Uphill Access Policy
Please read the below fully before heading uphill! All uphill users are encouraged to call 970-754-3049 before each trip - find out where grooming operations are occurring and get suggested routes!
Non-lift access to ski area facilities; such as uphill snowshoeing, fat-tire biking, hiking or "skinning", may present high danger of personal injury to participants or others and therefore may be limited or forbidden based on conditions, on-mountain activity and/or mountain policy.
Vail Associates, Inc (VA). and the United States Forest Service (USFS) encourage use of public land. Users should be aware that the public lands comprising Vail areas are under permit to VA by the USFS. While enjoying these permitted lands, users must abide by VA and USFS’s restrictions and recommendations, including those summarized below.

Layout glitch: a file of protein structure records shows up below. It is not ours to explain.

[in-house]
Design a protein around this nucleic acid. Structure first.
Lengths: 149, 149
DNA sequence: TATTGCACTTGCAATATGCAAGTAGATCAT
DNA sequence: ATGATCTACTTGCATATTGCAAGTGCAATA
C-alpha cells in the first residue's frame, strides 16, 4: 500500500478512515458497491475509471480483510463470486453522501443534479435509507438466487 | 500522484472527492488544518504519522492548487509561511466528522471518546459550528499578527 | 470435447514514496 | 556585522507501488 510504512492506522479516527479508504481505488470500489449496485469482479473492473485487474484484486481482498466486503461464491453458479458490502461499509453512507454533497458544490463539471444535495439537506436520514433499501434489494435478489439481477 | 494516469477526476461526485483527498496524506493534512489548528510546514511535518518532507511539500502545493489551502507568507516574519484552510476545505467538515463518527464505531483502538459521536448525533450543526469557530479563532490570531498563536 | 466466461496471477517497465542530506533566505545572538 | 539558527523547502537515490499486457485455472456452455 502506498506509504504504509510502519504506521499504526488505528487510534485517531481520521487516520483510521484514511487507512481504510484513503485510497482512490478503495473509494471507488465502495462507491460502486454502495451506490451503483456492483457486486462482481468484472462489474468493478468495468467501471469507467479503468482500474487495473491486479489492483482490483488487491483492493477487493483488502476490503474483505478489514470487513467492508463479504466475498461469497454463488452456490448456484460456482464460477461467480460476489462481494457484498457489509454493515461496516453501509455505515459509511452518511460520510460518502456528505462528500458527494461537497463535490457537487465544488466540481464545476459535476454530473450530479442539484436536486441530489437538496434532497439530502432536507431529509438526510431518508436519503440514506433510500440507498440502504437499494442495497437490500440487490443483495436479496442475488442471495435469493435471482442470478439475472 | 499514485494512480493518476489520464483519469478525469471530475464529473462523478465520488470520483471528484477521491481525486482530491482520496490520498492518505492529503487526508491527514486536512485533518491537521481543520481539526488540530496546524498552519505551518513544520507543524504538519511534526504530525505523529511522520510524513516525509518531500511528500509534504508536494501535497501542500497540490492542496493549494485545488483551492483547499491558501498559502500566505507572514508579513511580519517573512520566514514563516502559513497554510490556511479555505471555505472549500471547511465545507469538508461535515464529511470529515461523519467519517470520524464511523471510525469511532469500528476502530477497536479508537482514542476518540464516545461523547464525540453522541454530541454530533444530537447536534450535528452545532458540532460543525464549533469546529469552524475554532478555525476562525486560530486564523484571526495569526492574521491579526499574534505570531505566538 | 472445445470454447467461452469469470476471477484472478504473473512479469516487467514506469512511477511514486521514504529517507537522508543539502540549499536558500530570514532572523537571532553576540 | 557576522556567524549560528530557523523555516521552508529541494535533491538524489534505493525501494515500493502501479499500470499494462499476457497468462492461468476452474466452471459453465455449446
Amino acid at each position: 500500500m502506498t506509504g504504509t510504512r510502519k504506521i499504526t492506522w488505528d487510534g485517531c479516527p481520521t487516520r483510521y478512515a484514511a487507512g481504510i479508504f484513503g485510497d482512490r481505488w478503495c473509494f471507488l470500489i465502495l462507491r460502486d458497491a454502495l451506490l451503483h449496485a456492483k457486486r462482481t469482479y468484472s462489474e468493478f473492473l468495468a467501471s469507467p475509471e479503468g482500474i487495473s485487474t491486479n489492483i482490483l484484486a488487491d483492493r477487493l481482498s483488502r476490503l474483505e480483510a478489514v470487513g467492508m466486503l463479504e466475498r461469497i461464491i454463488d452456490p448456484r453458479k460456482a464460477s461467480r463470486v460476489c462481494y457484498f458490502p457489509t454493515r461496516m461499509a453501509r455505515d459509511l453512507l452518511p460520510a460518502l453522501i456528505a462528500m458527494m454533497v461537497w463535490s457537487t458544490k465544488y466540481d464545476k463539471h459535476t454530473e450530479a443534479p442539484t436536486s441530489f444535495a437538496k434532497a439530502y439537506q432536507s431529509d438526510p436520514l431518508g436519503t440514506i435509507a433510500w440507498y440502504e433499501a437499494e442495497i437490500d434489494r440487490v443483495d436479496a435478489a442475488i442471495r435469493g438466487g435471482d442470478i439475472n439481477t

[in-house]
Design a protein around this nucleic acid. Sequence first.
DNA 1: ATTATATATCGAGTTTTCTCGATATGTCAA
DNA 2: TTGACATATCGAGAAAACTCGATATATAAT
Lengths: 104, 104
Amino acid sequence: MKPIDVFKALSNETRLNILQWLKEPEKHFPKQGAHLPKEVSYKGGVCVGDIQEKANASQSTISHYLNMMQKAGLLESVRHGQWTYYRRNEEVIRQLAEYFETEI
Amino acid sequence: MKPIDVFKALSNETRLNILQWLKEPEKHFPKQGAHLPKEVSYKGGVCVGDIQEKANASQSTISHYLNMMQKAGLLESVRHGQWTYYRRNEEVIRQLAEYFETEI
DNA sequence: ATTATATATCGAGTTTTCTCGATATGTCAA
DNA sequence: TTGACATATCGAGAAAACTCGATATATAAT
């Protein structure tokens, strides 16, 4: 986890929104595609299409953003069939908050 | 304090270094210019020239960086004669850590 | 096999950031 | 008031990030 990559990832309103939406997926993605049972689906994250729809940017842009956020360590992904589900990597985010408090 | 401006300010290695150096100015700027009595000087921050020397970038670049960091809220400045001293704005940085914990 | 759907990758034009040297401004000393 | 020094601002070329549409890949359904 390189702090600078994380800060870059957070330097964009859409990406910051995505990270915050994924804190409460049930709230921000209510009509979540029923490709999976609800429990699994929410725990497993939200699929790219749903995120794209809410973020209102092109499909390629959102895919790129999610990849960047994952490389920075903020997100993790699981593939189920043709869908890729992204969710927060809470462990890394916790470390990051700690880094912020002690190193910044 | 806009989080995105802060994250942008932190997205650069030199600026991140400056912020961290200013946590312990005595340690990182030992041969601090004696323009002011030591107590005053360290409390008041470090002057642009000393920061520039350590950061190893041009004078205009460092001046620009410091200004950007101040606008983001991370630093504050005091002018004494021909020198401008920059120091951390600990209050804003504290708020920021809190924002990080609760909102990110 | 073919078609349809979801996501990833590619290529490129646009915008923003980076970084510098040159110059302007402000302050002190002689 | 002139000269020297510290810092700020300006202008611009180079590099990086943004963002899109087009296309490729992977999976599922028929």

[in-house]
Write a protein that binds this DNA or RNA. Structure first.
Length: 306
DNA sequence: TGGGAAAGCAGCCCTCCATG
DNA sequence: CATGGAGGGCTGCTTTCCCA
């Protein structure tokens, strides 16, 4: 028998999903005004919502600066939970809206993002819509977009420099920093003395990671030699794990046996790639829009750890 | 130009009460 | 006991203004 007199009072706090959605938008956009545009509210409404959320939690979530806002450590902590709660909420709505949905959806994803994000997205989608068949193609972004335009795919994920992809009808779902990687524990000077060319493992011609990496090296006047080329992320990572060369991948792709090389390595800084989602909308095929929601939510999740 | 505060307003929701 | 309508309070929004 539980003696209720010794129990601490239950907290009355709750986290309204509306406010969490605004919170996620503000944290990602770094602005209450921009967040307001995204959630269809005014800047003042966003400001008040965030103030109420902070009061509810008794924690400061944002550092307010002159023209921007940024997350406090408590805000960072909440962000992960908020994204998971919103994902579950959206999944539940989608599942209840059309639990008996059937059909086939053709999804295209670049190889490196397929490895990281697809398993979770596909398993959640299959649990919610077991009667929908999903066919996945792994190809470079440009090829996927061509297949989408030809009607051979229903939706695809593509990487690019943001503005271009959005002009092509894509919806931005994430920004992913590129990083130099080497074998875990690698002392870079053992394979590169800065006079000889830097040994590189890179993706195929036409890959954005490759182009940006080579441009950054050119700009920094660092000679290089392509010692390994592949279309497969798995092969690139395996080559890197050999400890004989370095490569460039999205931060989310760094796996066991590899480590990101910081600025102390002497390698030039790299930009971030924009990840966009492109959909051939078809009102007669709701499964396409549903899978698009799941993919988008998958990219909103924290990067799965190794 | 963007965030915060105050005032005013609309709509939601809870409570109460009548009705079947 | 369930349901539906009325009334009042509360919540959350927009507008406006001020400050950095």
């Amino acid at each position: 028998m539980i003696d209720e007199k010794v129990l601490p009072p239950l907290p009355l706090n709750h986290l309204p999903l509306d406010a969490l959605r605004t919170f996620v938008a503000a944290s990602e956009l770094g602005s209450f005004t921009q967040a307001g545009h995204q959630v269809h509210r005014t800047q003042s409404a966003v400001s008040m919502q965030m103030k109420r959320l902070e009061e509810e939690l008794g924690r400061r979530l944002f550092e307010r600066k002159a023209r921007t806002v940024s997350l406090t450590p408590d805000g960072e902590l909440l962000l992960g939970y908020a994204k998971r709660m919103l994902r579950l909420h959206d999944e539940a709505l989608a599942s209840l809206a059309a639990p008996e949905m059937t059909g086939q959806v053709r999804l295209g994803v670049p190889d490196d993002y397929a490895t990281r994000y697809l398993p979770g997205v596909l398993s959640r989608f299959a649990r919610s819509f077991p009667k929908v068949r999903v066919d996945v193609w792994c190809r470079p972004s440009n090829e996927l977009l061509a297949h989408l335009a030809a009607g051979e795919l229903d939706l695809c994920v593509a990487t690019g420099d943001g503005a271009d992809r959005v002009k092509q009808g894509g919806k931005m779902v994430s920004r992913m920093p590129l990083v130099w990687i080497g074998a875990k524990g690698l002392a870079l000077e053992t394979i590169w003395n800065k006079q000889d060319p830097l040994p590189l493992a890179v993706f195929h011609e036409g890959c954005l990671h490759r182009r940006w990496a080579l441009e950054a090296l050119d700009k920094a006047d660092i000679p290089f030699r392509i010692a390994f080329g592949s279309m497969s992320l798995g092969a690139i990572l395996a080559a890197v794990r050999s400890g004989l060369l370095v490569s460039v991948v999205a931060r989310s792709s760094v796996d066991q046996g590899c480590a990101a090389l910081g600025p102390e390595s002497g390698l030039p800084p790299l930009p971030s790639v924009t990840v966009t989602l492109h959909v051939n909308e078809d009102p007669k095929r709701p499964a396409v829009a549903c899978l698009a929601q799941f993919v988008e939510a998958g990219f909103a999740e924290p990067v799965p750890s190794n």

The following summary of restrictions and recommendations for Uphill Travel to Vail is provided for your information and education and is available in all ticket offices. Designated uphill trails and operational or other restrictions should be obtained daily by calling the Trails Hotline, Vail 970.754.3049
Ski Area provided emergency services are only available when the ski area is open during normal daytime operating hours.
1. Use of Ski Area Facilities
Under Colorado law, any person using any of the facilities of a ski area is considered a skier. Skier’s responsibilities under Colorado law include, but may not be limited to, controlling speed and course at all times and maintaining a proper outlook. Using a ski area for any purpose can be HAZARDOUS and the skier assumes all risks.